If the Moxlie Creek discharge is the source of dioxin entering the bay, the most plausible source of dioxin entering the pipe would be contaminated fill around the pipe entering through fissures. There has been no attempt to determine whether Moxlie Creek is the source, the preference being to piecemeal the cleanup and development concurrently. The Department of Ecology claims they “will be evaluating sources of contamination to Budd Inlet as part of the Budd Inlet Sediments work.” They don’t indicate when they might get to it.

Ecology claims that they “collected and analyzed soil samples from borings to define the vertical extent of soil contamination (and) drilled as deep as we needed to, to define the vertical extent of soil contamination.” They claim that “if DNAPLs (dense non aqueous phase liquids like dioxin containing creosote) were present, we would see related contamination somewhere in the soil, vapor, and/or groundwater.”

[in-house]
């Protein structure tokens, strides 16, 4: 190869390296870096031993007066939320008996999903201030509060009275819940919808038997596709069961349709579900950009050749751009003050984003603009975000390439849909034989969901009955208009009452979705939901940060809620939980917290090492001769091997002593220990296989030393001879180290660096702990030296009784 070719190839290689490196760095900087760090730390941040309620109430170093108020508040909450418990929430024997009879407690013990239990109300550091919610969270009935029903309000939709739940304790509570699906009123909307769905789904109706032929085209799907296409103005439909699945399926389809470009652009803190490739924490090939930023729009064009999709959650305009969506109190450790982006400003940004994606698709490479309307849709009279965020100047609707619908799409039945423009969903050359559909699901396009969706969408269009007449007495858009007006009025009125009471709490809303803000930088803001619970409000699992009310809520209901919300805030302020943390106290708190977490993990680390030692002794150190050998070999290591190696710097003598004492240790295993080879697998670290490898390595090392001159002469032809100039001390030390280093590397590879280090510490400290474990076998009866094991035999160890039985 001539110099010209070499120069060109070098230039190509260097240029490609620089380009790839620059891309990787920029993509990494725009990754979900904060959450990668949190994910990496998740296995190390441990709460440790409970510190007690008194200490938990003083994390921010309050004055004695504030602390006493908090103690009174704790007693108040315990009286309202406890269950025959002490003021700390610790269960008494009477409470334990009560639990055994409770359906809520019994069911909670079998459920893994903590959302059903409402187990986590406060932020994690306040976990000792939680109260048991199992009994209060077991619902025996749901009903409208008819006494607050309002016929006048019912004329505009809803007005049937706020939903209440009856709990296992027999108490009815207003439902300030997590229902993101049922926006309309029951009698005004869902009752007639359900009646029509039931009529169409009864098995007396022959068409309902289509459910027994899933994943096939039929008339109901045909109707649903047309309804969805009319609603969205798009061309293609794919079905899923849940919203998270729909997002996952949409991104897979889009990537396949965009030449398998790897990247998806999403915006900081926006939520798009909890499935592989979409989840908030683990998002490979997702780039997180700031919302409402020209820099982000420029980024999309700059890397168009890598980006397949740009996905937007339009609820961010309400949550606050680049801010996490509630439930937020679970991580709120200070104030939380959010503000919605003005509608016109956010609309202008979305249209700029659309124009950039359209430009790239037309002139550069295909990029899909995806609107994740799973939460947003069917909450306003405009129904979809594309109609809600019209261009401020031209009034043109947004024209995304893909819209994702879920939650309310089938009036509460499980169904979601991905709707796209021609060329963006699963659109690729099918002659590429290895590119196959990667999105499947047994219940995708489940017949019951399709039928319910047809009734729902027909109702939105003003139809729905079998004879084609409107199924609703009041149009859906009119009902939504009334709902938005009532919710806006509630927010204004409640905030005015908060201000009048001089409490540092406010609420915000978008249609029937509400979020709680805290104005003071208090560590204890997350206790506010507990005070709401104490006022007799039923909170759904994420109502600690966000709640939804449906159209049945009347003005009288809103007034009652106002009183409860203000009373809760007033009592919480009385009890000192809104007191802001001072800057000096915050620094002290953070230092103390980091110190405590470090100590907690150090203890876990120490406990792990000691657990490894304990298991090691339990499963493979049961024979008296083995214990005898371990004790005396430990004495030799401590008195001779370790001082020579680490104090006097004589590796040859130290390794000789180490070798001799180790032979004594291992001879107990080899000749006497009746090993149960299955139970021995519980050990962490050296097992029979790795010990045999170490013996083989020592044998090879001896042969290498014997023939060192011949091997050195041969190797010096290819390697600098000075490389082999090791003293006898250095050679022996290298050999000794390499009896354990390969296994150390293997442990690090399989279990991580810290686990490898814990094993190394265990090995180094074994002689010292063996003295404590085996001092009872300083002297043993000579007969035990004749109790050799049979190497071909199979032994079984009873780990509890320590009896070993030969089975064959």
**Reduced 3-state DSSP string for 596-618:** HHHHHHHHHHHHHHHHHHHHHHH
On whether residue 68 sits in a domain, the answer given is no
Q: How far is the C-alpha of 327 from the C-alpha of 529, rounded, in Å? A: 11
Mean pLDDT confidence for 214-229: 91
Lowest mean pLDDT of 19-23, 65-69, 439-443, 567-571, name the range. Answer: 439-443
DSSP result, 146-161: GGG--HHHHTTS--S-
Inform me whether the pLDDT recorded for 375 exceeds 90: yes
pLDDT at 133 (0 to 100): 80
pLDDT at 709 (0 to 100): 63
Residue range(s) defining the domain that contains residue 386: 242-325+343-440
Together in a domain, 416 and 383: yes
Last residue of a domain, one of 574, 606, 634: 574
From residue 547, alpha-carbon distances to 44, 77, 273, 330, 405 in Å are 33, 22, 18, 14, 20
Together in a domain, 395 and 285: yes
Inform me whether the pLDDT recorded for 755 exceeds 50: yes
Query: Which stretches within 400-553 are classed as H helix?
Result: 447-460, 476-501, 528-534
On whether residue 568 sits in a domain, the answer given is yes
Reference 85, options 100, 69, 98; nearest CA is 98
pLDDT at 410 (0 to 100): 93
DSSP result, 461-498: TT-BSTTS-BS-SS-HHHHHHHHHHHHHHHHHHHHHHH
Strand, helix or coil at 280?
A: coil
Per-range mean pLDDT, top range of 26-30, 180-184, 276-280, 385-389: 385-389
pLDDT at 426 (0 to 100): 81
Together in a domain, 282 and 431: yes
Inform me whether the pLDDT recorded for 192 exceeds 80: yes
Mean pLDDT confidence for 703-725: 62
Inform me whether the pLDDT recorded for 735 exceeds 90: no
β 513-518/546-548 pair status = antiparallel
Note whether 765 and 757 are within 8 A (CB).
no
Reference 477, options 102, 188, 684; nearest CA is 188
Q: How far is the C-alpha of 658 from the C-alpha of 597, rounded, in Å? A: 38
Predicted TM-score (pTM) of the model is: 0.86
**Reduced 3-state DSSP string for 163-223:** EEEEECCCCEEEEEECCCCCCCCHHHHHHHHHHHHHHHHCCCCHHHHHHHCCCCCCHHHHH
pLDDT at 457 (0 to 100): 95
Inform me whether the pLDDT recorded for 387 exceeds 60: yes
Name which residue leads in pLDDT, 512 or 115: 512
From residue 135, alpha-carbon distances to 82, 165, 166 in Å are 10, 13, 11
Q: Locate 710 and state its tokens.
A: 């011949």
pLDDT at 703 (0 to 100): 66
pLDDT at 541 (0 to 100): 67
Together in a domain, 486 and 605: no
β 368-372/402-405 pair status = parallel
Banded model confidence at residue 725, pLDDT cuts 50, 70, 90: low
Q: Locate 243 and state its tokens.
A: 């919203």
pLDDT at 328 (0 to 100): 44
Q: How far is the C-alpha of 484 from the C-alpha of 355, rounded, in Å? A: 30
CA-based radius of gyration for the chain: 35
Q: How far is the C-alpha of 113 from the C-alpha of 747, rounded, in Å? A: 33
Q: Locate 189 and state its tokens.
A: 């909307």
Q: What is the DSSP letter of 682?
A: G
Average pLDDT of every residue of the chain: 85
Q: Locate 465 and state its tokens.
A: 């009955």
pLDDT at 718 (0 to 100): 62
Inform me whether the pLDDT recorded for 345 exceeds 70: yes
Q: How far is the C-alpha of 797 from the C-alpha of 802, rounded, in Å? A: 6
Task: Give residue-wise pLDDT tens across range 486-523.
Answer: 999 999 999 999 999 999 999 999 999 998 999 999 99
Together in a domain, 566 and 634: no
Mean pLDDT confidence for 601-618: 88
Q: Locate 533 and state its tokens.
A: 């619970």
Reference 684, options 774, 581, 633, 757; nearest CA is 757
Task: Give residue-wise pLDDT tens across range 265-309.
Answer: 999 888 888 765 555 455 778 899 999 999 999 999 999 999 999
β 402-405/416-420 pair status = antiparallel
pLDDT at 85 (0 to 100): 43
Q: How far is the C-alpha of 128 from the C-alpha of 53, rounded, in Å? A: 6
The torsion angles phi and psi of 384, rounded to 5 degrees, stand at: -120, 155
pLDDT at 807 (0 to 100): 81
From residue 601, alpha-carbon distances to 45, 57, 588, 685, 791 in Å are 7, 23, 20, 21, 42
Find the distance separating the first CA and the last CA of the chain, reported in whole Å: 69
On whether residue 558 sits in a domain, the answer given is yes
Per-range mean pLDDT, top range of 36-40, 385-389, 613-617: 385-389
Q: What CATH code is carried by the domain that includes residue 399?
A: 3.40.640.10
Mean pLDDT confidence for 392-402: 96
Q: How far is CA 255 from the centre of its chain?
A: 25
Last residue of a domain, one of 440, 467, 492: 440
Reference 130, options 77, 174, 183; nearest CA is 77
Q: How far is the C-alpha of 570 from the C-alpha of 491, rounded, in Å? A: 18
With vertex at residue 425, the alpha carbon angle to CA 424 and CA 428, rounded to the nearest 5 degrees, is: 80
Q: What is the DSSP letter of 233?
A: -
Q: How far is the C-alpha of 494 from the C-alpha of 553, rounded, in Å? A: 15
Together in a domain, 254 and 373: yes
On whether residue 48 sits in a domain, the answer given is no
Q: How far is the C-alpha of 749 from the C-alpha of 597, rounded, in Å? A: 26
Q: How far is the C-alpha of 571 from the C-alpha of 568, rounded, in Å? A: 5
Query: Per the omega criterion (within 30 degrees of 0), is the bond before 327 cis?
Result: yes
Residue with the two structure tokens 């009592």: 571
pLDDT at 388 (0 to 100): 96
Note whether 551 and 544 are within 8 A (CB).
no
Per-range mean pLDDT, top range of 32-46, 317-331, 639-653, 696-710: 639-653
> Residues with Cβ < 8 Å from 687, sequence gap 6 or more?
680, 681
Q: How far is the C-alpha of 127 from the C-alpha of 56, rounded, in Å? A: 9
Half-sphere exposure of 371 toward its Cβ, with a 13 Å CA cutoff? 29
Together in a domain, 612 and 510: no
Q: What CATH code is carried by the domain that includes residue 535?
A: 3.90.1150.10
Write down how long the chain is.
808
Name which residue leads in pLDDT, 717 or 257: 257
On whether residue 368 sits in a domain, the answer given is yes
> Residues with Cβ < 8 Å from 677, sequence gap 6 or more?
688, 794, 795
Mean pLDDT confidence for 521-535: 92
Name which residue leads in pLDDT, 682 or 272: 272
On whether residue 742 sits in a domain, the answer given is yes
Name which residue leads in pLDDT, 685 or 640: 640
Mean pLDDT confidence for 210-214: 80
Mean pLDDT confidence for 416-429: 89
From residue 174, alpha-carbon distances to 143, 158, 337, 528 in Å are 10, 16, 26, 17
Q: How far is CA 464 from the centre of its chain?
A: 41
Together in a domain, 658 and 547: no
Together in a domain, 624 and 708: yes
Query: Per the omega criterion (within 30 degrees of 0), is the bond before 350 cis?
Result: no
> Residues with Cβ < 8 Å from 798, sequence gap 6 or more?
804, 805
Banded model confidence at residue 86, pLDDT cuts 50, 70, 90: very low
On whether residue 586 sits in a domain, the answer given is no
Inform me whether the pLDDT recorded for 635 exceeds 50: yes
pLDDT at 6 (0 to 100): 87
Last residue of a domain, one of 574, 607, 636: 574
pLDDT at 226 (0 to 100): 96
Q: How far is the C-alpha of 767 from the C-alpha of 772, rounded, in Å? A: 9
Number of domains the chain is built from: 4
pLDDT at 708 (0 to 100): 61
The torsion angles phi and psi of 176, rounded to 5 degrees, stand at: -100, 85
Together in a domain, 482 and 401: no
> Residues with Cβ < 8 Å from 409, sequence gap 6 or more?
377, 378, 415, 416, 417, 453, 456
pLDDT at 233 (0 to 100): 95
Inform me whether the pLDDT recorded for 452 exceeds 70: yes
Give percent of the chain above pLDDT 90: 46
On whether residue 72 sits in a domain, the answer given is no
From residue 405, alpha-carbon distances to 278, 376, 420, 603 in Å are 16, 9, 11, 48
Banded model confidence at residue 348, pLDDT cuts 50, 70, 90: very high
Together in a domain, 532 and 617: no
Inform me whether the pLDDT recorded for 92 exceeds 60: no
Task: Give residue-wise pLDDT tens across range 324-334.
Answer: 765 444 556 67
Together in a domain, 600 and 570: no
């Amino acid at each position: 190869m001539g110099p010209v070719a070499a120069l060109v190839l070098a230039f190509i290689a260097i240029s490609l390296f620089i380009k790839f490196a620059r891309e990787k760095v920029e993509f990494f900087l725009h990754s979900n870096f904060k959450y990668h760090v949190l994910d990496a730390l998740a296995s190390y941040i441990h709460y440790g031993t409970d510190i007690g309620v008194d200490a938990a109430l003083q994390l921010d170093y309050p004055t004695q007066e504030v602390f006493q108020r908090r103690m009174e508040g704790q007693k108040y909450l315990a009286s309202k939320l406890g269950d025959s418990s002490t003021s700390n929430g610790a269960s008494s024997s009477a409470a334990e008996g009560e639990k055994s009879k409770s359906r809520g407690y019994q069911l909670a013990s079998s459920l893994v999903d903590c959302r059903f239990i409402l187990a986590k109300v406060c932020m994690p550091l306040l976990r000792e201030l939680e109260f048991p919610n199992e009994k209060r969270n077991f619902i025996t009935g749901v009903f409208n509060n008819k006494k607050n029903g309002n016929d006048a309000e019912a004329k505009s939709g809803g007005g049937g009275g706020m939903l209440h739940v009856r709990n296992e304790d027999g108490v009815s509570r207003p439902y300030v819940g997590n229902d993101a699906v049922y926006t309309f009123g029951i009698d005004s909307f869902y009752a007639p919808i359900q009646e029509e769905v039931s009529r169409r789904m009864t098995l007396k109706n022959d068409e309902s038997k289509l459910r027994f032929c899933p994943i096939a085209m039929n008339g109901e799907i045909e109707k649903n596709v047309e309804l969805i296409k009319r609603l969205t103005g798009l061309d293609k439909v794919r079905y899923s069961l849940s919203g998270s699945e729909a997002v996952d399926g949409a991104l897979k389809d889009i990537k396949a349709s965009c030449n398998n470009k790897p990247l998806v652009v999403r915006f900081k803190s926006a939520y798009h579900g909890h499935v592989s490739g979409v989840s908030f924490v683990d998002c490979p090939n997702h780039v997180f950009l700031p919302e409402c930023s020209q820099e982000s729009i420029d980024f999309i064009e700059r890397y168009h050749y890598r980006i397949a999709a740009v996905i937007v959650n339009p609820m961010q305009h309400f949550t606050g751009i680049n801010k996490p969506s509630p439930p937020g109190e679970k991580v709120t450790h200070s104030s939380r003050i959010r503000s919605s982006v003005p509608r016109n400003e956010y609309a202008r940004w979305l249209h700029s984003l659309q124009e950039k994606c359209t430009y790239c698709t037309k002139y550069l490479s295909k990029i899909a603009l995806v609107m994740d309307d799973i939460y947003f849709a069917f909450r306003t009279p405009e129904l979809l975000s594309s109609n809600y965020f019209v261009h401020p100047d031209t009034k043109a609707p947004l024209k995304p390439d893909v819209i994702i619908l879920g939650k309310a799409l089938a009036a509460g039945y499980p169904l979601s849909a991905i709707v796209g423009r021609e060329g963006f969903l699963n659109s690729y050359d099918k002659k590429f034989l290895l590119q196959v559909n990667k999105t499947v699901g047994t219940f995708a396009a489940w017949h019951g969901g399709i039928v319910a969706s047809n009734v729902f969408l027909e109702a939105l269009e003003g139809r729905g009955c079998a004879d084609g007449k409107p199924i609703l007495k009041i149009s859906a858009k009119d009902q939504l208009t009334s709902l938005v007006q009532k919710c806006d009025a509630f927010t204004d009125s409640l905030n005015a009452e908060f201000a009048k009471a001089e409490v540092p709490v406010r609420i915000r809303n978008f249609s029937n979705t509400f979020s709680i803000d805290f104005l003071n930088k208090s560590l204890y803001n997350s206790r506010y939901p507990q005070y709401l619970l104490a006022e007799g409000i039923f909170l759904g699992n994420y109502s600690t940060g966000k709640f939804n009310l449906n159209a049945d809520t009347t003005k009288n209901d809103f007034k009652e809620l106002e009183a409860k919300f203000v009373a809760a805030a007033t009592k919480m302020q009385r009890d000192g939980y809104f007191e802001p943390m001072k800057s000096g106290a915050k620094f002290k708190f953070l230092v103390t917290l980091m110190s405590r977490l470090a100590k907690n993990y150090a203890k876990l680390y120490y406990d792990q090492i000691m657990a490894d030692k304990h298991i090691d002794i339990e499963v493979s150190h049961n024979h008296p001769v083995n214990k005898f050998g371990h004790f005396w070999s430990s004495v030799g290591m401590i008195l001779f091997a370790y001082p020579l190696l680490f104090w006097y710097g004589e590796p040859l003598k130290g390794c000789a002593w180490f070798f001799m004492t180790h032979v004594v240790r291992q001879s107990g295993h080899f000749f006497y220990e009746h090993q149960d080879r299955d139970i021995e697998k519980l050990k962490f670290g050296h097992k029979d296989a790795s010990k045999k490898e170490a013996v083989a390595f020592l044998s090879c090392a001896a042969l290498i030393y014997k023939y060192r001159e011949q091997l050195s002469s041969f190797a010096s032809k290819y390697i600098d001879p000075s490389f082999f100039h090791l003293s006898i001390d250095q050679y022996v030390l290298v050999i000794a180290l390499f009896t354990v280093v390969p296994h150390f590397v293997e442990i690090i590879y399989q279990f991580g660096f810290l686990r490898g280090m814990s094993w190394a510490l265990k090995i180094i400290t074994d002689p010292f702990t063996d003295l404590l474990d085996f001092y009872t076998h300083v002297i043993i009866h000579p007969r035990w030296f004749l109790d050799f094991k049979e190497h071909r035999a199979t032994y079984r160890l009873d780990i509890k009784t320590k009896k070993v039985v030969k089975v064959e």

According the the EPA: “Although analysis of ground water provides useful information on the distribution of the soluble components of the DNAPL, the presence of other phases of the DNAPL may go unrecognized. The investigation must, therefore, be more detailed to obtain information concerning the phase distribution of the DNAPL at a site. Site characterization may require analyses on all four phases (aqueous, gaseous, solid, immiscible) to yield the appropriate information. In brief, data collected on the various phases must be compiled, evaluated and used to help identify: where the contaminant is presently located; where it has been” and so on.